Outside of telling you we did the whole Hoping, Wishing, Praying thing on that option trade, let’s just say I won’t tell any more details in public on how we (mostly me, really) botched the end of that trade (chuckle). Hmmm … another movie title is coming to mind – that would be Inglorious Bastards.
We went on to make profitable options trades, but my point here is that early on you may make a mistake or two. I’m just giving you a heads up about it.
So these two examples may seem very obvious to you, and you may be wondering why they happened.
Because, if you’re not careful, if you don’t constantly remind yourself that options will eventually expire, you will ride them into the dirt and they will expire worthless on you.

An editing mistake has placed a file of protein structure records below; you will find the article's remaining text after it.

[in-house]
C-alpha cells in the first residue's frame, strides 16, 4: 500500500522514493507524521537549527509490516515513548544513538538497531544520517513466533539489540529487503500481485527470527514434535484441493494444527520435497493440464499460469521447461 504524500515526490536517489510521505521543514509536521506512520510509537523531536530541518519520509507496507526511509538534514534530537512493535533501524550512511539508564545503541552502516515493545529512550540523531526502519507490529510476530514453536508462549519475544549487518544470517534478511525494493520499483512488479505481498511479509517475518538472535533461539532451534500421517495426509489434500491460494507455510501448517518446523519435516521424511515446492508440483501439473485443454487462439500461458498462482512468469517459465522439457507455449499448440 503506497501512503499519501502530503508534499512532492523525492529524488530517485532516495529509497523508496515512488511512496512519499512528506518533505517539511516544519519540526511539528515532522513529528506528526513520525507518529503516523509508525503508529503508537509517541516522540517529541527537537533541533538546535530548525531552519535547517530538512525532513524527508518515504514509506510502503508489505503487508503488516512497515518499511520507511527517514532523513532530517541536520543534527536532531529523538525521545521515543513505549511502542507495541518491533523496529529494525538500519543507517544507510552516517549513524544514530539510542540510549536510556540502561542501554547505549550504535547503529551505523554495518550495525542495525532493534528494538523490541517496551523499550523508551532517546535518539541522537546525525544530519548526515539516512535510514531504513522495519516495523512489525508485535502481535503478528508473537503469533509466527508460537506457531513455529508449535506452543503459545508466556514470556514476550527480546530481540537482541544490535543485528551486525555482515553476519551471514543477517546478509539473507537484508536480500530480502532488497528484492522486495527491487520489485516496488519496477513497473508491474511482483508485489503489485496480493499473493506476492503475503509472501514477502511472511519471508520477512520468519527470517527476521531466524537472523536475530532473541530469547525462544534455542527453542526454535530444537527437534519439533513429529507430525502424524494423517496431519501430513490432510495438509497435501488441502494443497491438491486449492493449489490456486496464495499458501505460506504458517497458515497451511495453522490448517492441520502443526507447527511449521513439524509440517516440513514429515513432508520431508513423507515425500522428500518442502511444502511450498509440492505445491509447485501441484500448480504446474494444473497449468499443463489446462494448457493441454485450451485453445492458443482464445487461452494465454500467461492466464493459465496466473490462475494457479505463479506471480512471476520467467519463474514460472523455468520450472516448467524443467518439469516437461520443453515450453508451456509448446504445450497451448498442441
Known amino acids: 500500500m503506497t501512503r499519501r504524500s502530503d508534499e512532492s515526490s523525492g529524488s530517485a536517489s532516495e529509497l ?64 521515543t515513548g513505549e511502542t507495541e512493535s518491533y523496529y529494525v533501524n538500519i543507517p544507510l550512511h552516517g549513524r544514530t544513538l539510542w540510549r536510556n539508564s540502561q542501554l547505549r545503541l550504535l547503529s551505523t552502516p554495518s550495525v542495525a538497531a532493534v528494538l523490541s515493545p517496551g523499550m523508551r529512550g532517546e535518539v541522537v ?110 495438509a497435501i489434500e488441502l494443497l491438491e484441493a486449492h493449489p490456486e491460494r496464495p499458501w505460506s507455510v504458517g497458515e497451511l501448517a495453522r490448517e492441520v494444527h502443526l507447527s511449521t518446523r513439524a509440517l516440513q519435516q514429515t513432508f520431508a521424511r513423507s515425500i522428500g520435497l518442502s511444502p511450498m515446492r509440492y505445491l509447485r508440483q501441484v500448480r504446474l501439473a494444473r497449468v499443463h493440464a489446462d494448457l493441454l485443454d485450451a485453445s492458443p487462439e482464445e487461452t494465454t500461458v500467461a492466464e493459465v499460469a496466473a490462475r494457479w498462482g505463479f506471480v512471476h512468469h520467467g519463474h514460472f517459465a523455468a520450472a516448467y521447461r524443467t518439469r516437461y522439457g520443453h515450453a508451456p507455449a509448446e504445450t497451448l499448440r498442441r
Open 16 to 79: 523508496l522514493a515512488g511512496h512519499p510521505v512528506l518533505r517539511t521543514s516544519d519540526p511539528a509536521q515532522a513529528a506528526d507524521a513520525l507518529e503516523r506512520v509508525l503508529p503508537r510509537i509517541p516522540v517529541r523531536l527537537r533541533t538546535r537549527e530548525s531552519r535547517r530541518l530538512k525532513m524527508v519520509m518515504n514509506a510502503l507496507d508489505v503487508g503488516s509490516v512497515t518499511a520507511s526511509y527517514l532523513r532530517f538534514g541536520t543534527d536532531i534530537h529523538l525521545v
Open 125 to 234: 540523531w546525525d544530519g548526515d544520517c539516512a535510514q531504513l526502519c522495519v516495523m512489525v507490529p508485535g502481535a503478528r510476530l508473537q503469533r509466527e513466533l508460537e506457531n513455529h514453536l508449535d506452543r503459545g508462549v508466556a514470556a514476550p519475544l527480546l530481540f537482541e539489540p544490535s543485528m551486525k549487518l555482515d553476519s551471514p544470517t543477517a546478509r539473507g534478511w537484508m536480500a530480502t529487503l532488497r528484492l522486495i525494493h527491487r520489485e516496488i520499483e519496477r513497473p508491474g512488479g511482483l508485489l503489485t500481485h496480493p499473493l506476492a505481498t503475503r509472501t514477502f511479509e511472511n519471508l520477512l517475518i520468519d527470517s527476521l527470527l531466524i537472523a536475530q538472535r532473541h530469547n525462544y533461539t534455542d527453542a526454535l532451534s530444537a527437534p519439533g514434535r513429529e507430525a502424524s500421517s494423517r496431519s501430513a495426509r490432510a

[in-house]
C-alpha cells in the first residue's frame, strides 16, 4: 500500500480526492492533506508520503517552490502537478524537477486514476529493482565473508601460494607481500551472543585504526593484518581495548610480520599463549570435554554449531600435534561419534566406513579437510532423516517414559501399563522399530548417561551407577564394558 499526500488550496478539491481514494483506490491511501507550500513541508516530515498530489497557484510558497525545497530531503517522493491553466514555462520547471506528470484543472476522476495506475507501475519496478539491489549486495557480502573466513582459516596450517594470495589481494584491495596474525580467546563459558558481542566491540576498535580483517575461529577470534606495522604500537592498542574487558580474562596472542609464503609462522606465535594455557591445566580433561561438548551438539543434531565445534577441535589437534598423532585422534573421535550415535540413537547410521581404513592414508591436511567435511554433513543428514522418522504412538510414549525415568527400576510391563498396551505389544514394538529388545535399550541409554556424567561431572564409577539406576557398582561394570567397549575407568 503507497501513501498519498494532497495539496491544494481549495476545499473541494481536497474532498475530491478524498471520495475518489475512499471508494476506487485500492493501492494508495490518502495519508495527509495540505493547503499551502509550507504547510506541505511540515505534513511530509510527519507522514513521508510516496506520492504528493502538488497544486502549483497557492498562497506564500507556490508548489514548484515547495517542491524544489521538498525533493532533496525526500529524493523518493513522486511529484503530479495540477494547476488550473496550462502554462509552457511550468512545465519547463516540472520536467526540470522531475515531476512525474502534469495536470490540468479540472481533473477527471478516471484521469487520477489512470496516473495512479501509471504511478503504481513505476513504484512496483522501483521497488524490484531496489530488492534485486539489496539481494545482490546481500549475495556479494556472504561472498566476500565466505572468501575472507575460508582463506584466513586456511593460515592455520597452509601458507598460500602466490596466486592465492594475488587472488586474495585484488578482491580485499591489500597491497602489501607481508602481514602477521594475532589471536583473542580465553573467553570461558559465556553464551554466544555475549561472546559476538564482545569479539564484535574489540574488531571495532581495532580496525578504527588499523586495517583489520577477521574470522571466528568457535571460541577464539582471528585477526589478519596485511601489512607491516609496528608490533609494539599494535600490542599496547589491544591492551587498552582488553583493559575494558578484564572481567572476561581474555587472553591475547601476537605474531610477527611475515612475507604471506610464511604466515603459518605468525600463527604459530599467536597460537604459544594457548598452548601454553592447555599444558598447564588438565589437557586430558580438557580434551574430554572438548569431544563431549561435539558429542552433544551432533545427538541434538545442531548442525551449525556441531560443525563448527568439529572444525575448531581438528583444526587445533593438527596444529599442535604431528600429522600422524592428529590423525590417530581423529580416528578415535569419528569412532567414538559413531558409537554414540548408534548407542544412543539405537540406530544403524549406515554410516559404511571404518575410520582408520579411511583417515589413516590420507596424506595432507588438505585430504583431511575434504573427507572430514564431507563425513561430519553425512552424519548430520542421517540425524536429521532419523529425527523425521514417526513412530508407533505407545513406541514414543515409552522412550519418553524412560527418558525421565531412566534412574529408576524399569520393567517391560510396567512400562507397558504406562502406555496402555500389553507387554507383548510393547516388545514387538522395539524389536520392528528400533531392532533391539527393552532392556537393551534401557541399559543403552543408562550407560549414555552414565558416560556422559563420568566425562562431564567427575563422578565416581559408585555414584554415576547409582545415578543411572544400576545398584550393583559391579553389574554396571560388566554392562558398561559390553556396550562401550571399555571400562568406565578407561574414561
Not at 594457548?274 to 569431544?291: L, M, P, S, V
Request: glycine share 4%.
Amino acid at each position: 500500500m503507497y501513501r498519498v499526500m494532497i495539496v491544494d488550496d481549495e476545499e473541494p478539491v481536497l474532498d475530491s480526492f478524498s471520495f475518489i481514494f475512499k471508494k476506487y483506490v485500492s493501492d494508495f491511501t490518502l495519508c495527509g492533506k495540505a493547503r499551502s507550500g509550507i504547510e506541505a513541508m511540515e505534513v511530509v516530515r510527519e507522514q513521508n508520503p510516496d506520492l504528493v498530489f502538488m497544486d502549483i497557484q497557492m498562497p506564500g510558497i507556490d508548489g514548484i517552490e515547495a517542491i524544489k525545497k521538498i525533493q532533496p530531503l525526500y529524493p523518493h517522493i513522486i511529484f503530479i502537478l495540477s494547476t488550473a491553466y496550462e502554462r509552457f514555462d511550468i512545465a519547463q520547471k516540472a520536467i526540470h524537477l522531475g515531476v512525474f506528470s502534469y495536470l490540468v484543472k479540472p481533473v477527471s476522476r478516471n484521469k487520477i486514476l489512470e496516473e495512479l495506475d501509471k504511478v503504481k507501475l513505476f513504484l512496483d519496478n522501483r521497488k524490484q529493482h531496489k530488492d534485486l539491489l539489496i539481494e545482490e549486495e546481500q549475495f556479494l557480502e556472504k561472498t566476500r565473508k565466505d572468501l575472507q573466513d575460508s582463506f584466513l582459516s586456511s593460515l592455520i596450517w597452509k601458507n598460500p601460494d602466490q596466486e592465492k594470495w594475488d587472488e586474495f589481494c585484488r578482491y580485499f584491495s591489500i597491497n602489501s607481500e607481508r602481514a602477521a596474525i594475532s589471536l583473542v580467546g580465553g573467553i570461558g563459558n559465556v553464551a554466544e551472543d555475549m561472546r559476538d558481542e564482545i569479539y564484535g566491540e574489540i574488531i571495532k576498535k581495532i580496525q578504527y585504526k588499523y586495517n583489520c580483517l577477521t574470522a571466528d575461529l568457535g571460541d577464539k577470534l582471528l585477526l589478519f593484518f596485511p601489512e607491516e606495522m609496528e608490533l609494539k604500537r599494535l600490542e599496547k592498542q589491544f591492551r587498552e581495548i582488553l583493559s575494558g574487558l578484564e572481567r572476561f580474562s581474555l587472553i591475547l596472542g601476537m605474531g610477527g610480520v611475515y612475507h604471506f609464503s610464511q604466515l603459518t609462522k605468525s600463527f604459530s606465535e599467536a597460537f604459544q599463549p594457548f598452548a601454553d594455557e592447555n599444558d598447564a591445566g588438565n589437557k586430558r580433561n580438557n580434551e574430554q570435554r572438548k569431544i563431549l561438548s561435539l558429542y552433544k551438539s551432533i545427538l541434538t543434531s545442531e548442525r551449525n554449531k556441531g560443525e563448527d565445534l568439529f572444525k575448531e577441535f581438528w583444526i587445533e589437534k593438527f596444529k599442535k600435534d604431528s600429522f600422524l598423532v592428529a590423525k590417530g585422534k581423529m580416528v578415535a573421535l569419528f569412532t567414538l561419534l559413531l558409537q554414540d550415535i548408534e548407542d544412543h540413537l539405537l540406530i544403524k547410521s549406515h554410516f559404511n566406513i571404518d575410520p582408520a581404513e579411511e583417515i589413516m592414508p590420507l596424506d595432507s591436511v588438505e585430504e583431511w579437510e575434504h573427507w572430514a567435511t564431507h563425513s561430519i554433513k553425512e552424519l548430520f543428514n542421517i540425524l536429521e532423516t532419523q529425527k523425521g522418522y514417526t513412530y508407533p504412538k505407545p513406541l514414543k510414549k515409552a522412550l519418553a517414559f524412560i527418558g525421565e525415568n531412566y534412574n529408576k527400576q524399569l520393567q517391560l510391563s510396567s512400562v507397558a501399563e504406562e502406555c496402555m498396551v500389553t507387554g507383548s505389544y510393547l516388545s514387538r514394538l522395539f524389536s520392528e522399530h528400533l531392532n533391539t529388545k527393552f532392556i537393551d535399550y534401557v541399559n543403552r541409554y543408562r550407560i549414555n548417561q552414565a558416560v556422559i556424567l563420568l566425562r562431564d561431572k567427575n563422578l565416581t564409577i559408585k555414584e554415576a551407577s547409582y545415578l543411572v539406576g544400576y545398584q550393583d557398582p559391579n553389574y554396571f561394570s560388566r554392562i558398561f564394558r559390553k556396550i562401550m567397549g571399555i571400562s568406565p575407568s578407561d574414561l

So how often does this happen in the real world? You won’t believe my answer. Here it is.
80% of the options people buy expire worthless. Amazing isn’t it.
So about now, you’re probably thinking, why would I ever trade options? That seems like pretty bad odds.
And you are right – that’s pretty bad odds.
But let’s turn that around. If 80% of the time people that buy options lose their money because their options expire worthless, then 80% of the time, the people who sold them their options win and get to keep their money.
Hmmm … I have a thought just trying to creep up in my mind about now. Maybe if we can’t beat them, join them. Now there’s a thought, and the subject of a future post.
To your health and prosperity – John
Note: This post is part of a continuing series on trading stock options. My book Stock Options For Beginners will be coming out in April of this year.